The three (often hilarious) interviews mark a new stage in reporting on the case. Rather than asking whether there is any evidence for a CIA prison in Stare Kiejkuty, they focus on the question whether Aleksander Kwaśniewski, the then president, knew about its existence. All three politicians state that he was left in the dark about the matter, and that the CIA rendition program was solely known to the government and the prime minister. When Kwaśniewski understood what was going on following a meeting with G.W. Bush, who apparently assumed he knew about it, he ordered the prison to be closed.
This matter is of vital importance for the legal proceedings on a national level, as according to Ryszard Kalisz, former minister of interior affairs, the creation of an extraterritorial area could only be authorized by the president, who would then ask the Sejm for approval.
The three interviewees present their version of the story. Readers should be cautioned that they would face legal actions if their identity was revealed, as they were complicit in the operation of the prison, and, depending on whether this information is classified, obstruction of justice for not coming forward, or leaking state secrets to a newspaper.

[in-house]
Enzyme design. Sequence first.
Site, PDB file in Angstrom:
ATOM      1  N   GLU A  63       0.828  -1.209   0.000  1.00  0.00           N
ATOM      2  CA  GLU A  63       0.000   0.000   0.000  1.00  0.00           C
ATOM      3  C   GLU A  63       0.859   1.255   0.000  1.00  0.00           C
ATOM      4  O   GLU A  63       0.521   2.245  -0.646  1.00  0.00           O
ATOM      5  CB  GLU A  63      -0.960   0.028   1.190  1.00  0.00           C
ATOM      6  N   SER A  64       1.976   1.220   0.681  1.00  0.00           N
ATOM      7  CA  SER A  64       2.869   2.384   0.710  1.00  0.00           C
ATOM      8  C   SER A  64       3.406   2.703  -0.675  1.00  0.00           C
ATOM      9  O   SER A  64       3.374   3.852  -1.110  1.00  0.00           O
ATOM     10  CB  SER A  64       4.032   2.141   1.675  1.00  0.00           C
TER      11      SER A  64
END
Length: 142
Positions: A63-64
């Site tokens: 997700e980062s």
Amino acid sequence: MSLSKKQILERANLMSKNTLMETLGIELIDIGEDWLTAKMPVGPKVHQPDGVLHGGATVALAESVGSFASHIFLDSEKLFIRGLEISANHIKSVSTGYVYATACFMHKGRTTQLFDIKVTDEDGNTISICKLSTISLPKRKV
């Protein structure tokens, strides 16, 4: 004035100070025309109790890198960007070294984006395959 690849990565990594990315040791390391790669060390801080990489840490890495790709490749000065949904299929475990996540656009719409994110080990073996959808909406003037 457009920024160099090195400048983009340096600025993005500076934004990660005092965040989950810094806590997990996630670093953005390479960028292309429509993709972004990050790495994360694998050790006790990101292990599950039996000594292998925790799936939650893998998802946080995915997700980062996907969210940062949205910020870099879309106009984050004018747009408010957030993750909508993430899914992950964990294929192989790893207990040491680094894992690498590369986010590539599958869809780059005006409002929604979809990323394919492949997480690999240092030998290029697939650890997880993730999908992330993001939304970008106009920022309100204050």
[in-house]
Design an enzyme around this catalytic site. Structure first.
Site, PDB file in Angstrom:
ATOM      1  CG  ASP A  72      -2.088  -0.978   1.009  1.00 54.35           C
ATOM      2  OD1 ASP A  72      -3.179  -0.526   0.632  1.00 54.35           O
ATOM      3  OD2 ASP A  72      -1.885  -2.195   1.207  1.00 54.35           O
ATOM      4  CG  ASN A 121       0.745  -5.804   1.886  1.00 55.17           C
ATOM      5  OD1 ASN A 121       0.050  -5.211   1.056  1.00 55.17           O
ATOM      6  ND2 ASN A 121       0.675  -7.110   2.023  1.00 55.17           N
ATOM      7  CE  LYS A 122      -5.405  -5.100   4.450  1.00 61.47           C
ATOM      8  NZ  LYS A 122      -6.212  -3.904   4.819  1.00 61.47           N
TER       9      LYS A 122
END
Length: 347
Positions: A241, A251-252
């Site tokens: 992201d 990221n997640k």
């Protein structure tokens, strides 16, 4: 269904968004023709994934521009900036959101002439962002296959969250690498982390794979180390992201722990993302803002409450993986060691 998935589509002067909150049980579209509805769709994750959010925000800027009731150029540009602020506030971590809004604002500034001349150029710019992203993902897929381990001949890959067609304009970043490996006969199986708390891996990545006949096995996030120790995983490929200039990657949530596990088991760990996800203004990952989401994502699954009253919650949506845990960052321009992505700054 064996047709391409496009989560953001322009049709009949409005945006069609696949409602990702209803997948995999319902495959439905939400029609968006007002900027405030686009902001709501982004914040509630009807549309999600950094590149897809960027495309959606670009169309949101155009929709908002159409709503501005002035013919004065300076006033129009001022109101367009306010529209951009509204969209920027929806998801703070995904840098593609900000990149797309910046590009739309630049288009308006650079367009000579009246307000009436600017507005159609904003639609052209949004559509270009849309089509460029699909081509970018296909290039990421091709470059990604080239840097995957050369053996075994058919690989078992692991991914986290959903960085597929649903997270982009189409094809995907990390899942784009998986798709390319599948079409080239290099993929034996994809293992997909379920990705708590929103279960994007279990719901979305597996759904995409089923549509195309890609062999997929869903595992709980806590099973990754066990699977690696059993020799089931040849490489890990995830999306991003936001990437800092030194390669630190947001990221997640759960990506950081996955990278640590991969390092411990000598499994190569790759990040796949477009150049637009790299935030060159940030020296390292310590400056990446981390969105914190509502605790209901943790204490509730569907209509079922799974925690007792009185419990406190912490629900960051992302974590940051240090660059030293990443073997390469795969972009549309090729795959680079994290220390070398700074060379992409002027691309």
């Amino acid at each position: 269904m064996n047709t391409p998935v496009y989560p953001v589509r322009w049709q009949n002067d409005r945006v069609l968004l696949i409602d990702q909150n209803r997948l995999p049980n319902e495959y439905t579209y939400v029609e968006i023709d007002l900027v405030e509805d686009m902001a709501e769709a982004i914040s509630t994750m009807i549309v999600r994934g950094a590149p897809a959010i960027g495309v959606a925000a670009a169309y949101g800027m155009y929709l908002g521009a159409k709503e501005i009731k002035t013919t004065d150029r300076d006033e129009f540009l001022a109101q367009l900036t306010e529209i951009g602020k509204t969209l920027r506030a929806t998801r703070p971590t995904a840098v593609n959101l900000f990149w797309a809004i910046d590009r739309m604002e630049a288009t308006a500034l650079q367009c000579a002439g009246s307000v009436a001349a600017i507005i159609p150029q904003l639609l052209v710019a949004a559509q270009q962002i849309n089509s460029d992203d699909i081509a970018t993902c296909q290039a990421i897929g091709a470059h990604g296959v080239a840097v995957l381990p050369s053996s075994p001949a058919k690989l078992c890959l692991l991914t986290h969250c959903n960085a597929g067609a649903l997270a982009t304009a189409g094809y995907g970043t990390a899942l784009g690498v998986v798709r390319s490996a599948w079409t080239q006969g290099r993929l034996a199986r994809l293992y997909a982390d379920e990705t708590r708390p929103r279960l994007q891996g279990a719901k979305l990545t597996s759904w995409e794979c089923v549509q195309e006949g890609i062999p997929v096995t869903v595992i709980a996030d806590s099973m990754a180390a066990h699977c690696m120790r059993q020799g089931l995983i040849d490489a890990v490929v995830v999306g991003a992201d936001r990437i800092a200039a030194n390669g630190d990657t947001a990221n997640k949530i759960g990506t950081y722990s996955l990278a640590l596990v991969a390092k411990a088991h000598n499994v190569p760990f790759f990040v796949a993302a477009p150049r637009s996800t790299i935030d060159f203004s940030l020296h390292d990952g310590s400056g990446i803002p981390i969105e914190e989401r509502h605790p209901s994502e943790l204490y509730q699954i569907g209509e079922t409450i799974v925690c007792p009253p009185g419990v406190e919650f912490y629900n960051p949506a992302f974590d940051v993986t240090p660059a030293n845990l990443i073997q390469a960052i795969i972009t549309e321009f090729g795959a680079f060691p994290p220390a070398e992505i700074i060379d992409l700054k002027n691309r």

There is no doubt that CIA flights landed in Szymany, a small airport in the middle of nowhere in the idyllic Masuria lake district. The evidence for this are airport logs that appeared on the website of conservative daily Rzeczpospolita. They can easily be read by a lay person. The only Polish text in this document is “brak FPL”, which translates to “flight plan missing” and “wszystkie FPL do/z EPWA”, “all flight plans to/from Warsaw”. “STA/STATE” is used for US military flights requiring special procedures. The ICAO code EPSY stands for Szymany, and OAKB for Kabul.
Szymany is a former military airport; in 2002 and 2003 it was licensed for both civilian and military aircraft. It is situated near a training facility of the Polish Secret Service in Stare Kiejkuty. It was set up by the German Secret Service during Second World War, and then used by Russian forces.